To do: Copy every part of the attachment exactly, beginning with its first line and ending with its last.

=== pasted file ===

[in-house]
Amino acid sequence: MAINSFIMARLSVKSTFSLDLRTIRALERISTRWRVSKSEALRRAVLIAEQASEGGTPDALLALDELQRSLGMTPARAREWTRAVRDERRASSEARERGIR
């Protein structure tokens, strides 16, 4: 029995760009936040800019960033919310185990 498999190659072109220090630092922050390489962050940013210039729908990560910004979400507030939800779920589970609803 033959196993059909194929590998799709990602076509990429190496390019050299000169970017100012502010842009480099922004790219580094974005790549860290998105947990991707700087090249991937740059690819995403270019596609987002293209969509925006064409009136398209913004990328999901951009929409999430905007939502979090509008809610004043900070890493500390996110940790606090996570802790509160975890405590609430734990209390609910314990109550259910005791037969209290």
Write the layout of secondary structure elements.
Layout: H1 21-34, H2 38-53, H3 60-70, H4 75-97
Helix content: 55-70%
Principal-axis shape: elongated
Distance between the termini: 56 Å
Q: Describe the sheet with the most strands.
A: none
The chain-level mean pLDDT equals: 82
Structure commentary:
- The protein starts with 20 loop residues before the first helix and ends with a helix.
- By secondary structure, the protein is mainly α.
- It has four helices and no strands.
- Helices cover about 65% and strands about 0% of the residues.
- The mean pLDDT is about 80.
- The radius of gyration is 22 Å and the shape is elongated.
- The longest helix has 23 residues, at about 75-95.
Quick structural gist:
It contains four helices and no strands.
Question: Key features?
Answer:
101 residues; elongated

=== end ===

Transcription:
[in-house]
Amino acid sequence: MAINSFIMARLSVKSTFSLDLRTIRALERISTRWRVSKSEALRRAVLIAEQASEGGTPDALLALDELQRSLGMTPARAREWTRAVRDERRASSEARERGIR
């Protein structure tokens, strides 16, 4: 029995760009936040800019960033919310185990 498999190659072109220090630092922050390489962050940013210039729908990560910004979400507030939800779920589970609803 033959196993059909194929590998799709990602076509990429190496390019050299000169970017100012502010842009480099922004790219580094974005790549860290998105947990991707700087090249991937740059690819995403270019596609987002293209969509925006064409009136398209913004990328999901951009929409999430905007939502979090509008809610004043900070890493500390996110940790606090996570802790509160975890405590609430734990209390609910314990109550259910005791037969209290």
Write the layout of secondary structure elements.
Layout: H1 21-34, H2 38-53, H3 60-70, H4 75-97
Helix content: 55-70%
Principal-axis shape: elongated
Distance between the termini: 56 Å
Q: Describe the sheet with the most strands.
A: none
The chain-level mean pLDDT equals: 82
Structure commentary:
- The protein starts with 20 loop residues before the first helix and ends with a helix.
- By secondary structure, the protein is mainly α.
- It has four helices and no strands.
- Helices cover about 65% and strands about 0% of the residues.
- The mean pLDDT is about 80.
- The radius of gyration is 22 Å and the shape is elongated.
- The longest helix has 23 residues, at about 75-95.
Quick structural gist:
It contains four helices and no strands.
Question: Key features?
Answer:
101 residues; elongated